Disco was developed in the 1970s to meet the demand for danceable music that could be played in nightclubs. People wanted to go out dancing, but the prevailing tides of popular music had shifted in directions like heavy metal, hard rock, and progressive rock that weren't particularly danceable. Disco was born primarily to provide rhythmic dance music for the club scene, similar to the later House Music and Techno music that followed. As a genre, the music itself was a fusion of Funk and pop styles with simple melodic hooks and lots of rhythm tracks layered over a driving beat emphasizing sixteenth-note hi-hat cymbal patterns and a hypnotic, throbbing bassline. Disco took advantage of the newly-popular synthesizer’s ability to produce sustained chords. Some disco songs included lush string section arrangements and orchestral instruments (including the flute, parodied in Anchorman: The Legend of Ron Burgundy). For a brief time in the late 1970s, disco was the biggest thing ever, spurred on by the blockbuster success of the film Saturday Night Fever and its soundtrack.
Discotheques did more than just play records. The top DJs were renowned for their extensive collection of LPs, 12-inches, and 45s and their skill at creating mixes using two turntables and a mixer to make smooth transitions from one song to another and respond to the dancers' mood. Clubs like New York's famous Studio 54 became the places for the hip and trendy people to hang out and be seen. Disco was more than just music and dancing; it also had a subculture of drugs (cocaine, Quaaludes, nicknamed "disco biscuits," and amyl nitrate "poppers") and promiscuous sexual encounters in the dark corners, fire exit stairs and balconies of dance clubs. Disco is associated with the LGBT scene, as some of the early clubs were private parties where LGBT people could hang out without getting arrested by police acting as Moral Guardians.
Then, even before The '80s officially started, a backlash emerged. Disco's hip and urban image had little appeal to people who were neither, while many fans of white pop and black funk hated disco's fusion of their preferred styles. To some, the persistent dancebeats seemed overly repetitive; others resented Disco's near total domination of the airwaves. Radio stations started advertising "Bee Gees free weekends." The Chicago White Sox hosted a "Disco Demolition Night" promotion that got so out of hand that it turned into a riot. It got so bad that even rock artists who were influenced by disco, like Rod Stewart, were attacked and parodied.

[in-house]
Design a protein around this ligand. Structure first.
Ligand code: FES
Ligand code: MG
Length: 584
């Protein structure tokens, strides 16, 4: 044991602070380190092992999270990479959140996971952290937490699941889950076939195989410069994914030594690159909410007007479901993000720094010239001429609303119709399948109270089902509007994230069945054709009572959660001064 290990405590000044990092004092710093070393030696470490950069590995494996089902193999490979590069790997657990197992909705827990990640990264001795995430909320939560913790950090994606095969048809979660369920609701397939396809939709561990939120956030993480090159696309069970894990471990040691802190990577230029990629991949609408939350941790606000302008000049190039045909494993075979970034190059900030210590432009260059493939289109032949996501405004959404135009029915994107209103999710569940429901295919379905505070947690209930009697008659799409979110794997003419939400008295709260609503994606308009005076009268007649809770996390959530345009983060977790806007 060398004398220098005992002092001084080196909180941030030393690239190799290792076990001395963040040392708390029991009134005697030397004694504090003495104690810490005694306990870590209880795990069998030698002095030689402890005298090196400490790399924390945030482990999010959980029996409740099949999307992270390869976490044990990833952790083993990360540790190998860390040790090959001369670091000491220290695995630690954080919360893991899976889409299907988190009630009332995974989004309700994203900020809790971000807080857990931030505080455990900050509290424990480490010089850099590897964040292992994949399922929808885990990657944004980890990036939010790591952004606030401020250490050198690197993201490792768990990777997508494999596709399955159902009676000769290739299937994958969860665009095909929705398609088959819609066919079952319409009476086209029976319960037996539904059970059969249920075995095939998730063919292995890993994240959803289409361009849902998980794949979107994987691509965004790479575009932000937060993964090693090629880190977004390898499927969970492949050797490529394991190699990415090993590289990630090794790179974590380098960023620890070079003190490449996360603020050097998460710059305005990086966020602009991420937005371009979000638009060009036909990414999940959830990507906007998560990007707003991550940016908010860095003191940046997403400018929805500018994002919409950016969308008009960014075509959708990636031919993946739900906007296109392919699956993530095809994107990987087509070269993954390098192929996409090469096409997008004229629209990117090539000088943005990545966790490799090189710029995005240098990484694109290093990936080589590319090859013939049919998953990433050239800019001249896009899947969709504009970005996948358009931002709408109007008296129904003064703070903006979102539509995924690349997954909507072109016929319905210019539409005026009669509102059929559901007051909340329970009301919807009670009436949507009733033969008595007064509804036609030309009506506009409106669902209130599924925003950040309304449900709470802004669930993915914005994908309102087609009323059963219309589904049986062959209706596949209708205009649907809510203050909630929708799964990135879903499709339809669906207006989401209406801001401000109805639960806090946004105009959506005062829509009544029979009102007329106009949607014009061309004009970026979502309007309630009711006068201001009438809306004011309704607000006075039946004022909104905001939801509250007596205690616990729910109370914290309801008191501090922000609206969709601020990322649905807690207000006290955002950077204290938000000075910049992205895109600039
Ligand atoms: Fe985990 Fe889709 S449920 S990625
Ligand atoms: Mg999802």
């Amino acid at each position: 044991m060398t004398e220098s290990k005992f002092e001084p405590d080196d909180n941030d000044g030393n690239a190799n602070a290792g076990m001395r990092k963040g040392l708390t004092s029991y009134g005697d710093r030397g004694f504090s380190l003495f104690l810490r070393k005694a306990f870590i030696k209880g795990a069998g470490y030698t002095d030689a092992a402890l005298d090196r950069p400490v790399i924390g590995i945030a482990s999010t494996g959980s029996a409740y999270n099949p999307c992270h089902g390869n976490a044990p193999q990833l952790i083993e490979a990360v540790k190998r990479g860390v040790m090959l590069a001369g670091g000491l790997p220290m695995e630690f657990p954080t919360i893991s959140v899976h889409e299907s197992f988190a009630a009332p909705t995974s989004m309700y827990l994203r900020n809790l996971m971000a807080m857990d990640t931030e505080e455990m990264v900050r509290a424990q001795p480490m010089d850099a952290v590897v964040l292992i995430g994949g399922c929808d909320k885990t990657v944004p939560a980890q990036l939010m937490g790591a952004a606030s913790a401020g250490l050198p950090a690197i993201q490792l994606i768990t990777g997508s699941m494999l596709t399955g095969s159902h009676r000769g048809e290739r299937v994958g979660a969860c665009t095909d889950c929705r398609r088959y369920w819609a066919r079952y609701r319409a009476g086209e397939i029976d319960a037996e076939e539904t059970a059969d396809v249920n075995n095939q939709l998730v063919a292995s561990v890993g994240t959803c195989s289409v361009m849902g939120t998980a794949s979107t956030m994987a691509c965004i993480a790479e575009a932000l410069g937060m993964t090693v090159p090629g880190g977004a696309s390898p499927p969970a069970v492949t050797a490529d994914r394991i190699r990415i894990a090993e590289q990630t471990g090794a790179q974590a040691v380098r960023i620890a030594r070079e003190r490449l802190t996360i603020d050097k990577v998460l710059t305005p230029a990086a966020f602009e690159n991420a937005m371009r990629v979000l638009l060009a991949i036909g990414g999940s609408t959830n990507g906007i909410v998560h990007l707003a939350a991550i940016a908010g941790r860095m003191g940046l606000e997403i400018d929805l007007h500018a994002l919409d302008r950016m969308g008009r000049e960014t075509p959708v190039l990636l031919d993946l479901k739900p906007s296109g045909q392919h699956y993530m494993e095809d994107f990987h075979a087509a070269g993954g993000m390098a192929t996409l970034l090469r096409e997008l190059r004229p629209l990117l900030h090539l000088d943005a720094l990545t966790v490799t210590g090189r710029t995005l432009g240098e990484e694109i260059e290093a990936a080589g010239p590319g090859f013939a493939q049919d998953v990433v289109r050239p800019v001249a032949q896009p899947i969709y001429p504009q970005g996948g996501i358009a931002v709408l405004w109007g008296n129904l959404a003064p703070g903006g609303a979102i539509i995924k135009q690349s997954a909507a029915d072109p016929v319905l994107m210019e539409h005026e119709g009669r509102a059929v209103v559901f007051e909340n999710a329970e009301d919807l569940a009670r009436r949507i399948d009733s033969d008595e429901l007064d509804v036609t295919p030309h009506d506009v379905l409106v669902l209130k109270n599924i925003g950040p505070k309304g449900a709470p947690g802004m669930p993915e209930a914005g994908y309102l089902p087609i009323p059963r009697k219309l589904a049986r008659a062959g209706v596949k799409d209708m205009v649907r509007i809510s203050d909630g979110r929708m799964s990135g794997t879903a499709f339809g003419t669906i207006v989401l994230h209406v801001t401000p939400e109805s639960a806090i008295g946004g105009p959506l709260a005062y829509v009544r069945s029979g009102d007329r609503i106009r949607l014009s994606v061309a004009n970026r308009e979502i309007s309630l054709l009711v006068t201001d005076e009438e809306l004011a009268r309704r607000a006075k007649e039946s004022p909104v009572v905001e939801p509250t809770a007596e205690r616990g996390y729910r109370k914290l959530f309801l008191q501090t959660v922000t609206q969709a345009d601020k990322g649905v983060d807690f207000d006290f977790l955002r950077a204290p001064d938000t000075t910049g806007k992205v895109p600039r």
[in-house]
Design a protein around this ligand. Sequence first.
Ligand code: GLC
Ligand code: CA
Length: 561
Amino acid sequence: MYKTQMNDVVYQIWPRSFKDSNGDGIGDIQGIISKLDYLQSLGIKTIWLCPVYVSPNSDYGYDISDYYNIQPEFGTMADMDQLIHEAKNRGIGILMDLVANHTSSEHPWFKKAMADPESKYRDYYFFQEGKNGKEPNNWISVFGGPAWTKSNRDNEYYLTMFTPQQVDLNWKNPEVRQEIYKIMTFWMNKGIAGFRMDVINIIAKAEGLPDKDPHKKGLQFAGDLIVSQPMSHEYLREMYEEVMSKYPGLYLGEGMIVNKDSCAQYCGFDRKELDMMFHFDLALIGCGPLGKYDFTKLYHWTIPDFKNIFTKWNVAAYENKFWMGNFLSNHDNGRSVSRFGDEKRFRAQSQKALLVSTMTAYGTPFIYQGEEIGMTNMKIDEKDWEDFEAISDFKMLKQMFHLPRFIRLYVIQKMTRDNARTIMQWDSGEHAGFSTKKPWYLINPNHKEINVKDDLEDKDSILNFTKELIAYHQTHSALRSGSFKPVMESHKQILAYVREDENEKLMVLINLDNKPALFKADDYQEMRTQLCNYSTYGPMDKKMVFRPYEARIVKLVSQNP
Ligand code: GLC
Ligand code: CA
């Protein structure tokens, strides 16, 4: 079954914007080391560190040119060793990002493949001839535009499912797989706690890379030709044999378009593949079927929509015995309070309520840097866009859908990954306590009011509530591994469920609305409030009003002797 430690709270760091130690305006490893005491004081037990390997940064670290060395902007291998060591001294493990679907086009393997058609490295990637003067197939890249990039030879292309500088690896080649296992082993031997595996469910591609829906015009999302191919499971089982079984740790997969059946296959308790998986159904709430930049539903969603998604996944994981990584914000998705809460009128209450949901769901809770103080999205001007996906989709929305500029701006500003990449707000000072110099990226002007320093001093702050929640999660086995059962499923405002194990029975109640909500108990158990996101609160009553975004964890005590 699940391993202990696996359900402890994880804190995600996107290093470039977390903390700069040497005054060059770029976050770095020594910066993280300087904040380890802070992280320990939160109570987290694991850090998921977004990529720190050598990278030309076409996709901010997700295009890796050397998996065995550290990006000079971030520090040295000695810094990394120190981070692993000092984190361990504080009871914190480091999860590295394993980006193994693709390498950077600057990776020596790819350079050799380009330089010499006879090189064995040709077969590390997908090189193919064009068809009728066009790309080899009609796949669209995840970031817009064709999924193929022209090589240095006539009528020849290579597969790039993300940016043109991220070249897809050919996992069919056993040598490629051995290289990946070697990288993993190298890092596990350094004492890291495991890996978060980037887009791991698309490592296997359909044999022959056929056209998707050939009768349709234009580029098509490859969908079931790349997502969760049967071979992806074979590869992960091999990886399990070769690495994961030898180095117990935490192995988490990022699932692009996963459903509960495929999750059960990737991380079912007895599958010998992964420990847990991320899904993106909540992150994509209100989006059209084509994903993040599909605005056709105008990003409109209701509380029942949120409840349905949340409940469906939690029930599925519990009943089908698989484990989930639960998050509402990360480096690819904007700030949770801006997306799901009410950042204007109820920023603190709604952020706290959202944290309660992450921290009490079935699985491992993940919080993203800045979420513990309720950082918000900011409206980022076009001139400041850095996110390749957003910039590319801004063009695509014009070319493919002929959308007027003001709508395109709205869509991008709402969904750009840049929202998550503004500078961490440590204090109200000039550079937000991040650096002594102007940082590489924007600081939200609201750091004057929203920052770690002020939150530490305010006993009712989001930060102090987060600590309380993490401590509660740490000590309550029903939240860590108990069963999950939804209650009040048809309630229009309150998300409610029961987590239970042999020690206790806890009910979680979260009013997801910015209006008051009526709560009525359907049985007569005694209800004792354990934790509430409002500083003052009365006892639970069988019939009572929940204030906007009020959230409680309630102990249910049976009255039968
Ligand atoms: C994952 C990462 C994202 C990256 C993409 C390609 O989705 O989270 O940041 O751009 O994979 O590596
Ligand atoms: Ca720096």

Attacked on all sides and with a powerful image against it, disco was fading fast and completely dead by early 1981, and with it the fashions and styles related to or heavily associated with it (such as flared trousers, open necked dress shirts, platform shoes). For the rest of 1980s, admitting that you liked disco may as well have been admitting to cannibalism. While dance artists like Madonna and Janet Jackson continued to take influence from it and it also had an influence on early Hip-Hop (which used disco samples) and on House Music (also a club-based, DJ-focused dance music), whatever remaining fandom the genre itself still had was restricted to gay clubs, which marginalized it even further. Disco would start to reemerge (or at least, come to the surface for fresh air) during 1990s' wave of nostalgia for the 1970s and its backlash against all things 1980s, mainly in the form of sampling for rap and dance songs (it didn't hurt that most popular dance music, particularly House and its offshoots, can trace its lineage straight back to disco, with some of the same DJs and producers being involved). Still, during this same time, The Simpsons had a character named Disco Stu who was used almost purely for comic relief, showing that the genre was still a ways away from returning to public acceptance.